If you are downtown in the next three days and want to talk to an expert about community empowerment, grassroots organizing, neighborhood dynamics, coalition building, and all the good things that make for a competent, healthy, and just society where you live, just look for one of the 660 community psychologists in town for a big conference hosted by UMass Lowell. They are the ones with the SCRA badges on string around their necks. They come from all over the U.S. as well as from Canada, Australia, Chile, Italy, England, Egypt, and elsewhere. It’s the 15th Biennial Conference of the Society for Community Research and Action. Note the word “action” in the organization’s title. That makes this group different than some other scholarly organizations. There is a strong emphasis on putting ideas into action, applying the theories, practicing what is preached right at the sidewalk level.
Yesterday, if you were downtown, you may have seen clusters of the conference attendees walking around, eating lunch at a sidewalk table, checking out the galleries, shops, and museums, and exploring the historic district with all the preserved buildings. In the lobby of the UML Inn & Conference Center I heard people talking about the national park museum exhibits, the array of restaurants, the rushing white water at the canal gatehouse near the ICC, and the fascinating diversity of people in the city. Conference registration opened on Thursday, so some folks had already been out looking around yesterday morning.
For three years, a committee from the graduate program in Community Social Psychology at UMass Lowell led by professor Andy Hostetler, who lives in Lowell, has been putting together this gathering. It’s a coup for the university to host the meeting because this marks the 50th anniversary of a meeting in Swampscott, Mass., where, essentially, the discipline of community psychology was launched. As Andy says, “The conference will honor the past accomplishments of community psychologists while also outlining an agenda for the next 50 years.” It’s all about promoting “individual, family, community, and global well-being,” a large undertaking, but really basic to living and working in the kind of communities that represent the best in us. This is a good time to be a community psychologist. We have a community organizer-in-chief in the White House with President Barack Obama.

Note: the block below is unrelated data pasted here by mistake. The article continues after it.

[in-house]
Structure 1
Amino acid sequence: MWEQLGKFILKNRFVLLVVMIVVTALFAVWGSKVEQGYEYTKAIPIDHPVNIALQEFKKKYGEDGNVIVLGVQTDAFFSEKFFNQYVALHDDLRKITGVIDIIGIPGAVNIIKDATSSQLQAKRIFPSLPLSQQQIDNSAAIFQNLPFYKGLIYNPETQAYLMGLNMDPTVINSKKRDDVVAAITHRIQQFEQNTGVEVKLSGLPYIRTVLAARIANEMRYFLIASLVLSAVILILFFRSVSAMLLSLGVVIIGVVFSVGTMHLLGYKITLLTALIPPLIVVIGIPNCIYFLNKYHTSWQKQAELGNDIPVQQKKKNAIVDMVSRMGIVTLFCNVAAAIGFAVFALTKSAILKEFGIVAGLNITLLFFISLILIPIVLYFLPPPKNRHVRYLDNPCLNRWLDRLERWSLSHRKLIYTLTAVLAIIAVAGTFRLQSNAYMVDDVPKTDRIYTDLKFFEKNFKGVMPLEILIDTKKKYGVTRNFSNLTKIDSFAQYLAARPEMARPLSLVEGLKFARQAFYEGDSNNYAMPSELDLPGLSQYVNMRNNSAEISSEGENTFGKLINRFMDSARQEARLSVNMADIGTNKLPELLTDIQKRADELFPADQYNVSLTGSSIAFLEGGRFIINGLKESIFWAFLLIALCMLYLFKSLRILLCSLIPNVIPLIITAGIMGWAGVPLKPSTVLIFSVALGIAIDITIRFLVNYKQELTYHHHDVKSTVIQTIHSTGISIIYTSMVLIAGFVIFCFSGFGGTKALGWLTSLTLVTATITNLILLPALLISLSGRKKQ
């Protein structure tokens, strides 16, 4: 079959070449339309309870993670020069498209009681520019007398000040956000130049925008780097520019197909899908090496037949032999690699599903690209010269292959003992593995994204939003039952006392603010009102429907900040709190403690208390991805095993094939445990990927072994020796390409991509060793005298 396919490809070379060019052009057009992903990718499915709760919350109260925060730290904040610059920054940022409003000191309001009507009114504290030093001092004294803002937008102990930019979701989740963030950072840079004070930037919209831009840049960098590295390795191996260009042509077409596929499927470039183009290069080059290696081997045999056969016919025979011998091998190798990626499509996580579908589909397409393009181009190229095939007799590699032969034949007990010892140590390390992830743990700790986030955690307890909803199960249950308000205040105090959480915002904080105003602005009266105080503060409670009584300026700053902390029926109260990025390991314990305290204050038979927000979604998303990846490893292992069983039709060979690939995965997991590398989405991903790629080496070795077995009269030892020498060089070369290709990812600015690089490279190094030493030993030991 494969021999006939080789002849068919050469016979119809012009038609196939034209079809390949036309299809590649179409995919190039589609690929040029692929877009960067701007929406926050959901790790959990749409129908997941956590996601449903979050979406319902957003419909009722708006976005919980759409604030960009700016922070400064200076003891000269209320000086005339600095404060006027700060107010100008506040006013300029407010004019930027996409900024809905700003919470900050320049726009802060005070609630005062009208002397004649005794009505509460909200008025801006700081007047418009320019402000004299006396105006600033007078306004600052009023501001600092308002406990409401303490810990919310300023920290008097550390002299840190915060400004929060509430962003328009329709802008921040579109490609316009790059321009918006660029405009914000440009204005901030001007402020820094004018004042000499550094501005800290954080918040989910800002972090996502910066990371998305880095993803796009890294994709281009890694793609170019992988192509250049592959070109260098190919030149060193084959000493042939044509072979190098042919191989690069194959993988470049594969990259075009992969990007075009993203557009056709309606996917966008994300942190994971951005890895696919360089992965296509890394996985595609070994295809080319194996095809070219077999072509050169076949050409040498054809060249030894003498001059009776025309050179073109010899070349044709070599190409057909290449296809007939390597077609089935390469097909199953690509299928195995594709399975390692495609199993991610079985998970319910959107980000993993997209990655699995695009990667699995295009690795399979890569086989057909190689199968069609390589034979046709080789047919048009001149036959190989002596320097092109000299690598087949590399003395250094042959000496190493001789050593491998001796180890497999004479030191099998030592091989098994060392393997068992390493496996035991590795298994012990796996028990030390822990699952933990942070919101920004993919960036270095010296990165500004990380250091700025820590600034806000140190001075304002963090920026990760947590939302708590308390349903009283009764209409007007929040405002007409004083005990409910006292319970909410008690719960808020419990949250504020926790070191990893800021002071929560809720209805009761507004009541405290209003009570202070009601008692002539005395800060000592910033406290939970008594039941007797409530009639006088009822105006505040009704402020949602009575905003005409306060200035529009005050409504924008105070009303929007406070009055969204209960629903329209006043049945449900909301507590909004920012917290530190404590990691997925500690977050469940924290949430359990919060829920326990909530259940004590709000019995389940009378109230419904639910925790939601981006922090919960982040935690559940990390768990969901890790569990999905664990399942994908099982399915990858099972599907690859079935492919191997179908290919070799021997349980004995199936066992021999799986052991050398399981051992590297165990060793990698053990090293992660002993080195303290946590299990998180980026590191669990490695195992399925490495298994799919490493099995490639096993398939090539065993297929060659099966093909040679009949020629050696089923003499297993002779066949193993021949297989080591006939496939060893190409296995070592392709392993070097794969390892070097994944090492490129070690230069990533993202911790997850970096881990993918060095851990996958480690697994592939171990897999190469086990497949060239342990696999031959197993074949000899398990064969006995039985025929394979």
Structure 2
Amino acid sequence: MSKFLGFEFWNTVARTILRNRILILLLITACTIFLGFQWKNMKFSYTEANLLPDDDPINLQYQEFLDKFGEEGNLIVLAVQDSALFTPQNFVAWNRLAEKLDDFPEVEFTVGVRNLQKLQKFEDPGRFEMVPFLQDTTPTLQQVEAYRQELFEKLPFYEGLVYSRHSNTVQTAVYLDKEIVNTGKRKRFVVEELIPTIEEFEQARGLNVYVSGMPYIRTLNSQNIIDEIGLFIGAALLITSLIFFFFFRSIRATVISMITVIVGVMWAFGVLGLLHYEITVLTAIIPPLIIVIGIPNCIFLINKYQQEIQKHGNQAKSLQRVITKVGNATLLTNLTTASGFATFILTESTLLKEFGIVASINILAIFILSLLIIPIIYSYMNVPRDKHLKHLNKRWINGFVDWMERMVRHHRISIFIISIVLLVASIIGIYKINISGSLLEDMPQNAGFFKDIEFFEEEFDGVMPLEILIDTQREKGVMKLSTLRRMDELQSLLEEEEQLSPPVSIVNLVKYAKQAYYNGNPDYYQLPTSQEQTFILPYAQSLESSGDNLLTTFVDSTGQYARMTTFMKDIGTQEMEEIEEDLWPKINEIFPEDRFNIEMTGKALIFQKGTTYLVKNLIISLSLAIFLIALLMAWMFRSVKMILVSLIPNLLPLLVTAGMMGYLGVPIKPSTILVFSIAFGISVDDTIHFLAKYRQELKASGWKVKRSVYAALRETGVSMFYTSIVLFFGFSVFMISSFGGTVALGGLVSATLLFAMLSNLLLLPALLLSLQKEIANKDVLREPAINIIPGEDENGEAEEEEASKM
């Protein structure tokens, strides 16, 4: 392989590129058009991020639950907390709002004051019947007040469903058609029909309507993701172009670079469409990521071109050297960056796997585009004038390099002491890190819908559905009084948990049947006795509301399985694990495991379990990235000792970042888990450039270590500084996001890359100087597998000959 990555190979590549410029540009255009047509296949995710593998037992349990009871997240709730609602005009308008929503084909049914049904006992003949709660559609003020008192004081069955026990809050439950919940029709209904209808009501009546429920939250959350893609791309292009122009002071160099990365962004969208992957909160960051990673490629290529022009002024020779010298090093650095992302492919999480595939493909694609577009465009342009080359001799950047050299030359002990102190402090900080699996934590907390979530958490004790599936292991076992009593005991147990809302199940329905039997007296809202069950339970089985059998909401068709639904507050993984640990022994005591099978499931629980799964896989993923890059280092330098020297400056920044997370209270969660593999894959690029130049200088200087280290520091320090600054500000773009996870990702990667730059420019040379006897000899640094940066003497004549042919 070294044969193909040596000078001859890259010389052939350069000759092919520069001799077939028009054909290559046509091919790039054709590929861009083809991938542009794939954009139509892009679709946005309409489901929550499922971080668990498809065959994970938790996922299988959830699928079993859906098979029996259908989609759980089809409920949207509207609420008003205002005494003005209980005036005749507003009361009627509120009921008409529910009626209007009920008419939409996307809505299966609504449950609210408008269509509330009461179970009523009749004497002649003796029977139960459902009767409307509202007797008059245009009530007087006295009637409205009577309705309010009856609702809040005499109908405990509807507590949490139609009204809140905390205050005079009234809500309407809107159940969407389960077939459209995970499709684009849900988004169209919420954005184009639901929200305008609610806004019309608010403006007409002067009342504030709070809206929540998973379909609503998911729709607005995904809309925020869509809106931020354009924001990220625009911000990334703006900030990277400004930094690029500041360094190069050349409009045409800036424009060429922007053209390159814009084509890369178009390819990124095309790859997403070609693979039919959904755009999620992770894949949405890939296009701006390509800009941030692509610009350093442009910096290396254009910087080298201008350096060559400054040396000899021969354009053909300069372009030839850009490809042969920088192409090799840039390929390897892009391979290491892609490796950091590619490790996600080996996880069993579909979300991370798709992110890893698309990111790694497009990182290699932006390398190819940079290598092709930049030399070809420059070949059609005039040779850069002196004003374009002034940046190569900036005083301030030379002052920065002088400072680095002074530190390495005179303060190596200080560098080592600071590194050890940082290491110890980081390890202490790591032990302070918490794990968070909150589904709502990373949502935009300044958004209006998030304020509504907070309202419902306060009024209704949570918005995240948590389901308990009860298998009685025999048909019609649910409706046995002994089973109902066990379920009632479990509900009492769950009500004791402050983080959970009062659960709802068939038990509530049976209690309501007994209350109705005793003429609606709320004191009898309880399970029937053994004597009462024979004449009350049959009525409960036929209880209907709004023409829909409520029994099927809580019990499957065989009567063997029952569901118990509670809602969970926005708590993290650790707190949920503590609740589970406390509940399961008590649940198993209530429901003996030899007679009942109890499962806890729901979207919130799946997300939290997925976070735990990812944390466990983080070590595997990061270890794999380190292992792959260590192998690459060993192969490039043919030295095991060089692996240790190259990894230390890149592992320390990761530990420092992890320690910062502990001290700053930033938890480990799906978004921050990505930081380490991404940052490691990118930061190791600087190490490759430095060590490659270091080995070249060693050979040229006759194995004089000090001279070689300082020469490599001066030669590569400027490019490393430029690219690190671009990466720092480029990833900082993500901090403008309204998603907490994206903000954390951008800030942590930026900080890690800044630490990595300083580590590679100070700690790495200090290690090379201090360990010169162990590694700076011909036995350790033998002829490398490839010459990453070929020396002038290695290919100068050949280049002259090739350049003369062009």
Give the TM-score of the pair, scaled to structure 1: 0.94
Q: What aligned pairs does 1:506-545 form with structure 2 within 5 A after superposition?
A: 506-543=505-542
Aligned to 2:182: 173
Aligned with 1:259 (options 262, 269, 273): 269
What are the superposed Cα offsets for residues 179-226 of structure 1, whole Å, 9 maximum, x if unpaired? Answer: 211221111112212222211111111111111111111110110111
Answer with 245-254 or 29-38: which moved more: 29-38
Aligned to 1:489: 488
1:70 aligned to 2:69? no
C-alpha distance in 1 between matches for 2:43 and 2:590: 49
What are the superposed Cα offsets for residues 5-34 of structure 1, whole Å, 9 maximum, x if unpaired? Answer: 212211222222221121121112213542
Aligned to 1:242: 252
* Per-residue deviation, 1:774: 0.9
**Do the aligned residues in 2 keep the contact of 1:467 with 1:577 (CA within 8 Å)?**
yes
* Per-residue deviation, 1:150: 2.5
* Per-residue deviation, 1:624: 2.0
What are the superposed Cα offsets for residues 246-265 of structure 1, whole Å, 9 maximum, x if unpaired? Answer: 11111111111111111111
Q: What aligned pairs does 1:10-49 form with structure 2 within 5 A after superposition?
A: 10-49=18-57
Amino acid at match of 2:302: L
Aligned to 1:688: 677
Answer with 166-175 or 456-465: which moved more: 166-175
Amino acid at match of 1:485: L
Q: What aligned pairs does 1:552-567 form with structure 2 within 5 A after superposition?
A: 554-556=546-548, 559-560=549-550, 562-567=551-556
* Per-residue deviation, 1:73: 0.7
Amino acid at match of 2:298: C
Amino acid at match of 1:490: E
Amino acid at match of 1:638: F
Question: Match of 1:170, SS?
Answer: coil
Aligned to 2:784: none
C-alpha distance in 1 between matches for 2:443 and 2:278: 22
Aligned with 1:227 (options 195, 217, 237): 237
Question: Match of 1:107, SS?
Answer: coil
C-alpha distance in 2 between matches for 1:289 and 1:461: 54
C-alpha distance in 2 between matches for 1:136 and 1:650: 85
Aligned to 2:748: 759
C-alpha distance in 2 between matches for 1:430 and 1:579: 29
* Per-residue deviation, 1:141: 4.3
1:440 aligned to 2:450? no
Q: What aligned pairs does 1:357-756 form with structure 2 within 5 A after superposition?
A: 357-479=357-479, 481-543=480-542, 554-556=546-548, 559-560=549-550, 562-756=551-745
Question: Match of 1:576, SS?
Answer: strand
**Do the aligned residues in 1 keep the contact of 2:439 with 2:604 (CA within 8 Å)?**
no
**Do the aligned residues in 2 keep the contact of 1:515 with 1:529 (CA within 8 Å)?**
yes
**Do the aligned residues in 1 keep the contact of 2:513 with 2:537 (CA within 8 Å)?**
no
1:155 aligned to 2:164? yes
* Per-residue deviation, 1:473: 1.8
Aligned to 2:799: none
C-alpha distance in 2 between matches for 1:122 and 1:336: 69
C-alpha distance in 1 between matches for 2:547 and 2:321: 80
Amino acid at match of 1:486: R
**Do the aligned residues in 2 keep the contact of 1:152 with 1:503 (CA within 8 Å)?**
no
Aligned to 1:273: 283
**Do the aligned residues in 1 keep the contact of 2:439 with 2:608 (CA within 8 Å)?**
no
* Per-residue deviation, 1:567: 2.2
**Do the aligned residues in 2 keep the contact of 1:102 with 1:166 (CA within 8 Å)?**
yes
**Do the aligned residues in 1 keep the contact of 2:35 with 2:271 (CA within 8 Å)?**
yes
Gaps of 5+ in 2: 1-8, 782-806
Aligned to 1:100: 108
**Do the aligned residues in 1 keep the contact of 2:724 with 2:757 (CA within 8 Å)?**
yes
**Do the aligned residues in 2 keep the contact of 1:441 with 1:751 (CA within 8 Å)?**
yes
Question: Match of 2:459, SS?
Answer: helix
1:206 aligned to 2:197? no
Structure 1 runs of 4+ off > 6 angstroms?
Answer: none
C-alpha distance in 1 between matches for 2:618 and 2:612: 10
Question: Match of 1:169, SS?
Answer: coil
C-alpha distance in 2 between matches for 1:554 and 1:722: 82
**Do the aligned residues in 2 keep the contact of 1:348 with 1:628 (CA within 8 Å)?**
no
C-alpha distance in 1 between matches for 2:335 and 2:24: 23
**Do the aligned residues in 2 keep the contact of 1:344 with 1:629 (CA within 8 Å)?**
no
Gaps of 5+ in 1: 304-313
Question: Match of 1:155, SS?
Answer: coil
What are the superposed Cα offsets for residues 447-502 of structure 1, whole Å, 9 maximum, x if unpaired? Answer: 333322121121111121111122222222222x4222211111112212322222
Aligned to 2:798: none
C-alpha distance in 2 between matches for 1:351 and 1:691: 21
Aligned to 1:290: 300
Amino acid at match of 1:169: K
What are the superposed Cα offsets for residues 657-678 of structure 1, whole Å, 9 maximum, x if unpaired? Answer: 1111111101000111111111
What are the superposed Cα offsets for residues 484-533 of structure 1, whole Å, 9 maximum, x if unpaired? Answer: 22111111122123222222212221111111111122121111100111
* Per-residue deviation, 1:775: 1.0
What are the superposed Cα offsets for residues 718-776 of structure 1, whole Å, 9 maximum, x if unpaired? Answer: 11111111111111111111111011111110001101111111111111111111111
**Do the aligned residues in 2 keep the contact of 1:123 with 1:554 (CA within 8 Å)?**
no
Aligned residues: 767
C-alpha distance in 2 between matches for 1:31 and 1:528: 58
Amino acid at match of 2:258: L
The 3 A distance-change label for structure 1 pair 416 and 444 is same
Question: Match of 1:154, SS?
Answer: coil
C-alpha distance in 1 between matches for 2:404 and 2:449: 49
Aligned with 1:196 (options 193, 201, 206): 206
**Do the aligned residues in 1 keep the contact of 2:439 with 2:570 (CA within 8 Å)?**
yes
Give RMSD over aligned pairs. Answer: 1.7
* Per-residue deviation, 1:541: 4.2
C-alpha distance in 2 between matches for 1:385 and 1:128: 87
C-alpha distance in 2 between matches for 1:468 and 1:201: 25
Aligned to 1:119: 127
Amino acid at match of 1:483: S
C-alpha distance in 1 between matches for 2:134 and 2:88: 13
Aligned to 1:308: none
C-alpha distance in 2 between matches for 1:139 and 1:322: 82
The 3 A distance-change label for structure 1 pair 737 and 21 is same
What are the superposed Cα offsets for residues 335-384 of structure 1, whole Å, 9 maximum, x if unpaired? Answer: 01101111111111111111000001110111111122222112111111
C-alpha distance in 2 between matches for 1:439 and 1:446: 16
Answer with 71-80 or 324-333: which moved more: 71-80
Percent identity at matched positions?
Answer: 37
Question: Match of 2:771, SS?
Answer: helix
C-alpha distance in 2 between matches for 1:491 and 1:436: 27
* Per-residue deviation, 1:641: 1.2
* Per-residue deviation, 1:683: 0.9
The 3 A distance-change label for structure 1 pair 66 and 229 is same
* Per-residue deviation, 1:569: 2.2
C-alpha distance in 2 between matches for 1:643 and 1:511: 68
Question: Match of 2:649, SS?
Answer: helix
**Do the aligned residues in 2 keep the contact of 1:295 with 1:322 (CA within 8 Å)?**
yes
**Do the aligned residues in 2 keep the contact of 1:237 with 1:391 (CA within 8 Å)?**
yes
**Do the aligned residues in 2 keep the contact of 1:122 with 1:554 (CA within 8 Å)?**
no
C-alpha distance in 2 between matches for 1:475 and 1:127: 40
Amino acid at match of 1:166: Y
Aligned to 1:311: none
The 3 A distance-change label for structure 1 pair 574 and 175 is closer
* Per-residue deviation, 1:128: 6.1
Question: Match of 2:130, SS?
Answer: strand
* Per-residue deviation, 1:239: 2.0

The UMass Lowell master’s program in community psychology is marking its 35th anniversary this year. For full disclosure I should report that I am an alumnus of the program. And the university now offers a doctor of philosophy in Applied Psychology and Prevention Science with concentrations in community and applied psychology, applied cognitive psychology, and applied developmental psychology. Psychology is a popular program for undergratuates on campus, too.